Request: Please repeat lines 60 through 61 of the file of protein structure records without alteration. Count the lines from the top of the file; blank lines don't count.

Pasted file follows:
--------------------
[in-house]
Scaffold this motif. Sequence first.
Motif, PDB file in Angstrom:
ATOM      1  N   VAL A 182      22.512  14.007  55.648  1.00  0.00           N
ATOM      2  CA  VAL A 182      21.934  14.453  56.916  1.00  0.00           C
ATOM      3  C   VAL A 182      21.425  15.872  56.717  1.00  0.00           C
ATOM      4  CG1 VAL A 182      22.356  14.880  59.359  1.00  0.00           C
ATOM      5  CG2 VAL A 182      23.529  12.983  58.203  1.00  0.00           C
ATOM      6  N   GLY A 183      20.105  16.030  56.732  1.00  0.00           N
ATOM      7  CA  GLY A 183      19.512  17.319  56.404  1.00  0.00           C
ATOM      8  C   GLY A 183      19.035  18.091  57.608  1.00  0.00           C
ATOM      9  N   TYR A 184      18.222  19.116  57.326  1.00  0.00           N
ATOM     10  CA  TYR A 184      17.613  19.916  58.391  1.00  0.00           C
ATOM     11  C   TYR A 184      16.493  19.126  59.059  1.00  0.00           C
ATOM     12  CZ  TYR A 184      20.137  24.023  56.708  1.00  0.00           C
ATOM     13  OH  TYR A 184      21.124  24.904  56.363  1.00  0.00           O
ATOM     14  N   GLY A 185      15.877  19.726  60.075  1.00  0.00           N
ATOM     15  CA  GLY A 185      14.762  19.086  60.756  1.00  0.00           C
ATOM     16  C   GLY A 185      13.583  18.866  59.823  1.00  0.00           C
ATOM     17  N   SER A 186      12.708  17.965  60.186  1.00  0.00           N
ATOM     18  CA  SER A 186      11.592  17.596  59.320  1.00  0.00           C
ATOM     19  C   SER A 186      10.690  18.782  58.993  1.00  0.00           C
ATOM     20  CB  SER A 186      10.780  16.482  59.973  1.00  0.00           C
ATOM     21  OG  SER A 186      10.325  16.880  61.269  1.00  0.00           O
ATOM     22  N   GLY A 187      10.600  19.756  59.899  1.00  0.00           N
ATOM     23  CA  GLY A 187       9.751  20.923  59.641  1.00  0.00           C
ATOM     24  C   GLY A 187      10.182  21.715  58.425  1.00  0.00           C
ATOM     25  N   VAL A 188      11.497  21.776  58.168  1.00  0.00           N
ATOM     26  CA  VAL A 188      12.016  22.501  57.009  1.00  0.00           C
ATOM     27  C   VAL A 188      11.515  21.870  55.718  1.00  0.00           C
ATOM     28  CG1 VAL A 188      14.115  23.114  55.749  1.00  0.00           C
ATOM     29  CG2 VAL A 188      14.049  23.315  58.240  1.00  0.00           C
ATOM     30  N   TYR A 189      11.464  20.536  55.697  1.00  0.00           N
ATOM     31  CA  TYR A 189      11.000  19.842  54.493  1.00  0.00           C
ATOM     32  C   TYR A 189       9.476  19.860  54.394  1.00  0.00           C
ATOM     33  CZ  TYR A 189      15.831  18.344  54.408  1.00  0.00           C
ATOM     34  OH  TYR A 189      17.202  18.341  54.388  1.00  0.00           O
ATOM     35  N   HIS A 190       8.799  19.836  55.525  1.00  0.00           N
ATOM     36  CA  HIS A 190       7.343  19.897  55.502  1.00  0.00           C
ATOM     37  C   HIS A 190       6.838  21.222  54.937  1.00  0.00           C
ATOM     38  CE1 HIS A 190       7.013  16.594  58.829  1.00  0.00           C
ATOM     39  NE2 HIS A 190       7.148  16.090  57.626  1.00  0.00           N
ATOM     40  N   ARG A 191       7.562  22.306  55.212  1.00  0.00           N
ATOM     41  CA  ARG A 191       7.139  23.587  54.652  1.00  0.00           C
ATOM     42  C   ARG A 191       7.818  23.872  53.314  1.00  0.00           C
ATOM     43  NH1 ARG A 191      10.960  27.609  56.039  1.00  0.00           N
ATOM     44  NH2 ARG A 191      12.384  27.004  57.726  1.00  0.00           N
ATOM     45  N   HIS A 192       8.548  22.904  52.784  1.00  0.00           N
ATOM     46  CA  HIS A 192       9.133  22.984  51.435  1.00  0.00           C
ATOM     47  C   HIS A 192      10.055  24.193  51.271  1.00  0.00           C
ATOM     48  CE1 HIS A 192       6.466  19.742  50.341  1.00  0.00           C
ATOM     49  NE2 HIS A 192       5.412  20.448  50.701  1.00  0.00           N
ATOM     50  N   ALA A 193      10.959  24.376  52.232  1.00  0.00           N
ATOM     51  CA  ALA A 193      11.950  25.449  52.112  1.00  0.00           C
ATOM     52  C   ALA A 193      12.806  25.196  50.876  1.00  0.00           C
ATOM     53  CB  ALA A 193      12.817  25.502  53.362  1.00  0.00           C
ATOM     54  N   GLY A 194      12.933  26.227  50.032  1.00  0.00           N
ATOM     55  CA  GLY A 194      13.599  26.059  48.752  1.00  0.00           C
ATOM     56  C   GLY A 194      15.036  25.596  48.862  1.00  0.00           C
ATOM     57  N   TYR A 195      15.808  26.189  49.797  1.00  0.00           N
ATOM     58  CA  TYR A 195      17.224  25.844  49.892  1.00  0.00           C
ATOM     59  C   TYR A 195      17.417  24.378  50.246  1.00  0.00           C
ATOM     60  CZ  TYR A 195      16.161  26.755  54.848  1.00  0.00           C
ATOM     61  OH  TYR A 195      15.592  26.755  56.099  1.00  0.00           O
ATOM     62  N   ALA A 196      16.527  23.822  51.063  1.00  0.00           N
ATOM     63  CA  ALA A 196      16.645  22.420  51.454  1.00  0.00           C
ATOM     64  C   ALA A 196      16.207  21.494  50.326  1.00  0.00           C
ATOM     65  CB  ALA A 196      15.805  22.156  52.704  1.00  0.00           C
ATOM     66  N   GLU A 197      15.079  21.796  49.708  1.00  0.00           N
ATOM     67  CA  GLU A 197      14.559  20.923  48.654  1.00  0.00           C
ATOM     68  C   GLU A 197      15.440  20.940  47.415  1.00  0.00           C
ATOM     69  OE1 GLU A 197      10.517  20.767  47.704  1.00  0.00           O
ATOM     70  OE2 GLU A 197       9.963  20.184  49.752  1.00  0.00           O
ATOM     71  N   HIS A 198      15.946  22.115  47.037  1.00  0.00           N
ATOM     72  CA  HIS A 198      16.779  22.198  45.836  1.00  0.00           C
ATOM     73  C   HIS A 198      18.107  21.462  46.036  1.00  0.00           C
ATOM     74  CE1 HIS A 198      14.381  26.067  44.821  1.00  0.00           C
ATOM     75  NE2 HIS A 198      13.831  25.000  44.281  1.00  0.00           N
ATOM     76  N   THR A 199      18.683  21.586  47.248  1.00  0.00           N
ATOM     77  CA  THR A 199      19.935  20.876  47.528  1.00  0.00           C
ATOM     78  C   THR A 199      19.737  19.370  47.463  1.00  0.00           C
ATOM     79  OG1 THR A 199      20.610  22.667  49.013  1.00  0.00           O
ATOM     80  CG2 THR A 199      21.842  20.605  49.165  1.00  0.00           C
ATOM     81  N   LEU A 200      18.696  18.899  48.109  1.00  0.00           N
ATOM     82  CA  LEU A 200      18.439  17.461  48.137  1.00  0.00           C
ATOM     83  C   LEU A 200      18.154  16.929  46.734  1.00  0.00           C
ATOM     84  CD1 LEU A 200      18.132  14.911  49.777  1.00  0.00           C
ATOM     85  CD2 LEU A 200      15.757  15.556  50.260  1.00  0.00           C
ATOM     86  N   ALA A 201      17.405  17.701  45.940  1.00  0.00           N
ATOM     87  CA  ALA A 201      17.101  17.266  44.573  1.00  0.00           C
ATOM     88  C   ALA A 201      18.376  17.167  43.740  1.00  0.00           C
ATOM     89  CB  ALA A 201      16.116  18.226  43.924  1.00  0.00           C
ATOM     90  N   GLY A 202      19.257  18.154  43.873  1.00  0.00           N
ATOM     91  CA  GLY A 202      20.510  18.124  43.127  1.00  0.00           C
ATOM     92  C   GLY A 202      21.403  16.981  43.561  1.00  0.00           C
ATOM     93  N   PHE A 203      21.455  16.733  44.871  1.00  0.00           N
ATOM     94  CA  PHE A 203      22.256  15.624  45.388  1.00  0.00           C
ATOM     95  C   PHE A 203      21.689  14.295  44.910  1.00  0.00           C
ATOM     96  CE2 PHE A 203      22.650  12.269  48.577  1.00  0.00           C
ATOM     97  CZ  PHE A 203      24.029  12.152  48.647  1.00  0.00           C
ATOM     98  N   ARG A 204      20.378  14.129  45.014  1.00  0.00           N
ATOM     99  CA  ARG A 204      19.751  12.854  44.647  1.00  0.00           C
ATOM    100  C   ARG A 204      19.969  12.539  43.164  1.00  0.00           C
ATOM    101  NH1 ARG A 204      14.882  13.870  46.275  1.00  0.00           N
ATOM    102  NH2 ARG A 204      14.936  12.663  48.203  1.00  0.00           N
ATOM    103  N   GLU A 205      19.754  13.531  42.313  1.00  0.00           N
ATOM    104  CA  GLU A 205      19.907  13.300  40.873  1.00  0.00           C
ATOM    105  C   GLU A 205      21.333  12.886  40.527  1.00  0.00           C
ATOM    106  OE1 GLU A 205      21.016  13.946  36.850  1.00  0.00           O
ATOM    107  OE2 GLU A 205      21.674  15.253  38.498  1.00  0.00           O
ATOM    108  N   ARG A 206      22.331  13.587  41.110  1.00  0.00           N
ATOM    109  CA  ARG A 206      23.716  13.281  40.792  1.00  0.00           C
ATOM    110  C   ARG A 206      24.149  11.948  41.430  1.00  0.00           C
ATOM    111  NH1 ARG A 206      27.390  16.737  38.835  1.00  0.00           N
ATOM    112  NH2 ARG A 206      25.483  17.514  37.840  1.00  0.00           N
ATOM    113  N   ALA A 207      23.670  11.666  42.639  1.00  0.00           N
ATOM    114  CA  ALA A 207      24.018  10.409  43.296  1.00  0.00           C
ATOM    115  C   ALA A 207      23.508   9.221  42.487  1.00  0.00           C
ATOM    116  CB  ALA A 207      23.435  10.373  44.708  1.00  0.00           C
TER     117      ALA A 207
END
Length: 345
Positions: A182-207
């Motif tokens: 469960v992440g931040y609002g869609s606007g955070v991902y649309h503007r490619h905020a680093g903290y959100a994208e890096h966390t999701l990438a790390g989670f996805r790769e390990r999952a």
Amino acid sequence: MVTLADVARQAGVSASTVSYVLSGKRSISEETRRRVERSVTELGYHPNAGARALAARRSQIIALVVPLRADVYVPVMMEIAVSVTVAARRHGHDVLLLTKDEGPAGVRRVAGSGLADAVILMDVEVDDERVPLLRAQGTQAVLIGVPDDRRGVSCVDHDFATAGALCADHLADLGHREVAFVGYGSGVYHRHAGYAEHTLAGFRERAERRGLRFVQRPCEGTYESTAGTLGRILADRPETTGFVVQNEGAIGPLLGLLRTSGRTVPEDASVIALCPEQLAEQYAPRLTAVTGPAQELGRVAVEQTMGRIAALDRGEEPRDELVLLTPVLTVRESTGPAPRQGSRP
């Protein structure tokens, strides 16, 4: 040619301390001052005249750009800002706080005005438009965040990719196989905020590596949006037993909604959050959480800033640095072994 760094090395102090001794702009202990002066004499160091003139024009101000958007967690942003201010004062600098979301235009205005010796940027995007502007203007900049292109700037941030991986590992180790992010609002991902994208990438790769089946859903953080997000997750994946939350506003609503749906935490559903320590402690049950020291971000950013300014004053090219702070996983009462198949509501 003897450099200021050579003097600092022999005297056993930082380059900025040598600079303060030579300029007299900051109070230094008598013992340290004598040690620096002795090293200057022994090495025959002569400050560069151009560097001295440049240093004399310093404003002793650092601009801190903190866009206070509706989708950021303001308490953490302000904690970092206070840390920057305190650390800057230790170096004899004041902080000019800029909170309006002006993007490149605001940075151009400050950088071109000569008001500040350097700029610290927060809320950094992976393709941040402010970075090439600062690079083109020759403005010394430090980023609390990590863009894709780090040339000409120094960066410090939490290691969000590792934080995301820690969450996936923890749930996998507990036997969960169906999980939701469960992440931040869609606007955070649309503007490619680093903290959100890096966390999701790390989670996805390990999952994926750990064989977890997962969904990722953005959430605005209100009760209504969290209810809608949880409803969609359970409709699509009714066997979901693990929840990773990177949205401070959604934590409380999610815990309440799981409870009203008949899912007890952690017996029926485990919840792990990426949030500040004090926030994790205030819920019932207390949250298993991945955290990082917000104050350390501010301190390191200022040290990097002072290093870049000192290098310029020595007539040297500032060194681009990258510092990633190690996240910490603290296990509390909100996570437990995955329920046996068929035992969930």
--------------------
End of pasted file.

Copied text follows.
ATOM     57  N   TYR A 195      15.808  26.189  49.797  1.00  0.00           N
ATOM     58  CA  TYR A 195      17.224  25.844  49.892  1.00  0.00           C